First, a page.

Saleh gives the Saudis the Slip

28 September 2011


But the “S” word in Yemen

is and remains “STABILITY”

President Saleh of Yemen has proved himself a wiley character by giving his Saudi “hosts” the slip and beating feet out of the Kingdom back home to Yemen. On the front page of today’s Financial Times there was a short story saying that there were two different versions of Saleh’s “escape” from Saudi Arabia making the rounds in diplomatic circles. The Saudis, of course, said that Saleh was under no restrictions, and the Yemeni government of course claimed that their president didn’t have to play any tricks to get out of the Kingdom, but it is pretty clear from the context that they’re all making nice now but this was definitely not the plan. But it was a way to put an end to the Definitive Ambiguity in Yemen.

Saleh’s return to “his” country and “his” people was immediately greeted by protests and an upsurge in violence. Thus the end of ambiguity of Yemen does not mean “peace” — or, at least, not a peace worth having. Some people would call this “stability.” The last sentence of the FT story was a quote from a western diplomat, who is supposed to have said, “He wants to show that he’s brought some stability.”


Can you believe these people? And by “these people” I mean both western diplomats and Saleh and his ilk. Is there anyone with half a brain who thinks that the enforced “stability” of Saleh’s iron fist can deliver anything like stability, even in the short term? The people of Yemen, except for regime cronies (who probably include tribal and familial interest groups, as with Gaddafi’s dead-enders in Sirte and Bani Walid), obviously do not want Saleh as their “leader” any more, and are doing everything within their power to send the message.

It’s not like President Saleh has to read tea leaves or consult an astrologer: the BBC reported the immediate response to Saleh’s return as it registered on local social media.

I suppose Saleh had already revealed his slippery character earlier in his repeated professions of willingness of negotiate and even to relinquish power, while equally repeatedly side-stepping any definitive action that would have meant his ouster from power. Now we see that his actions verge of the devious, and this does not bode well for a peace transition from power. And because the actions of the president do not bode well for a peaceful transition of power, Saleh’s return is the antithesis of stability.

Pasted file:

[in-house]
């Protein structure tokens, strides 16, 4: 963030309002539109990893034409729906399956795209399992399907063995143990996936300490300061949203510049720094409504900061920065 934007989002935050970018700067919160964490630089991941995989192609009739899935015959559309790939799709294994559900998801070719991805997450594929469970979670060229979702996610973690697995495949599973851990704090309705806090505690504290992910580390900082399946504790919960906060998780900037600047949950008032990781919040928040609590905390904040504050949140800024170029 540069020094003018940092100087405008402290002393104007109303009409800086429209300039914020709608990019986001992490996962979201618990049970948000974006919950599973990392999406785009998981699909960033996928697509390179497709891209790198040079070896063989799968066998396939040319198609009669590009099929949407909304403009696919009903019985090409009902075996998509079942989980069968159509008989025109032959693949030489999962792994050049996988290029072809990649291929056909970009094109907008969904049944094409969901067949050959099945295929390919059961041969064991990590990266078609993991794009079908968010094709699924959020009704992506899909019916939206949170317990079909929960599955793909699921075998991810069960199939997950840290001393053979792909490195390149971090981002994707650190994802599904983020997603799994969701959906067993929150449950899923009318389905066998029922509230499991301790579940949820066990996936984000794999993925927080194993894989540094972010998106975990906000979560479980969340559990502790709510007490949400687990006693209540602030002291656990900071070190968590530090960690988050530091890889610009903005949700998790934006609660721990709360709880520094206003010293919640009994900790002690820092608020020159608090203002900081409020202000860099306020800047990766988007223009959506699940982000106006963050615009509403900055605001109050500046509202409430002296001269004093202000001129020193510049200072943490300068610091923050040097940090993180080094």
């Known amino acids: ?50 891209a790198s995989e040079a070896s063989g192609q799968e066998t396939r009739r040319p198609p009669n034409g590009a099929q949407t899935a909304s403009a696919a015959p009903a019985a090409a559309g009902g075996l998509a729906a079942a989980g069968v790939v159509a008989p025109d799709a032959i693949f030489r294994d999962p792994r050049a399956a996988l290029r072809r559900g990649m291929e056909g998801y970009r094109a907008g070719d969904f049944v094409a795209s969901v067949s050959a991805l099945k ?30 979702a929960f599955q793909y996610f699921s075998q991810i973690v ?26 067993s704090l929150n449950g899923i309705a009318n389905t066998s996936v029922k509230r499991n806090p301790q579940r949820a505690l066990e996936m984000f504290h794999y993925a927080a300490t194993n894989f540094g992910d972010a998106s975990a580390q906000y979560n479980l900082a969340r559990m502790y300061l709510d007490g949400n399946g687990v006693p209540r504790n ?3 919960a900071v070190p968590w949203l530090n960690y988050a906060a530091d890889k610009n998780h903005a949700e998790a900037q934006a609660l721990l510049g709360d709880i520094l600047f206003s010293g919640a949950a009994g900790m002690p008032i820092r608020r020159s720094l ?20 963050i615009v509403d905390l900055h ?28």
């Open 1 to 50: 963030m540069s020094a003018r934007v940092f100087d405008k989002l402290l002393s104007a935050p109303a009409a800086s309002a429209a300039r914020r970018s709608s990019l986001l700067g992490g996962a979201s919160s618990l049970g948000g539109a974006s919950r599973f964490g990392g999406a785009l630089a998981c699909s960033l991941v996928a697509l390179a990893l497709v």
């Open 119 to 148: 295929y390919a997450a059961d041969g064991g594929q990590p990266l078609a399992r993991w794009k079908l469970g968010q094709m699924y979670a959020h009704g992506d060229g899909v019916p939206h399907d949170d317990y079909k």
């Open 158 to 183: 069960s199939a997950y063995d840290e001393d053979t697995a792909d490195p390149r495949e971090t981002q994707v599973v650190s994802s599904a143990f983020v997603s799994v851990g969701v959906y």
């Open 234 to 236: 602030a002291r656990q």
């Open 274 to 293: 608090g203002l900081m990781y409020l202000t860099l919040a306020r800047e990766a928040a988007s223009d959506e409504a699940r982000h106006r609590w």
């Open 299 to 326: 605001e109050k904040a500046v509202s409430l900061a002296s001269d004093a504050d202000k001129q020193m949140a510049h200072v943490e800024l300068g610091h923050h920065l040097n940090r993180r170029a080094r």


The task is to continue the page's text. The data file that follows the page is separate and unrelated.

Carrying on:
In The Arab Spring and the Limits of Western Power I commented on the many decades of failed attempts to impose and enforce order and social stability in the Arabian Peninsula. This is equally true whether the attempted imposition of stability is the result of outside forces or indigenous intransigence on the part of the leadership of the nation-state in question.

I will say it again: stability in the region will correspond precisely to the degree of popular sovereignty that is realized in local institutions. When peoples feel themselves in command of their own destiny, they make different political choices than if they feel powerless and at the mercy of arbitrary rule. Thus the Saudi announcement that women would be allowed to vote and to run for office seems like progress in the Kingdom, but of course most people will feel (even if they do not fully understand) that this is just another dictate of arbitrary power from a spectacularly non-representative regime.

Saleh, who could have slipped away quietly into history, has, by returning to Yemen, brought with him not stability, but violence, confrontation, and needless bloodshed.

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Grand Strategy Annex

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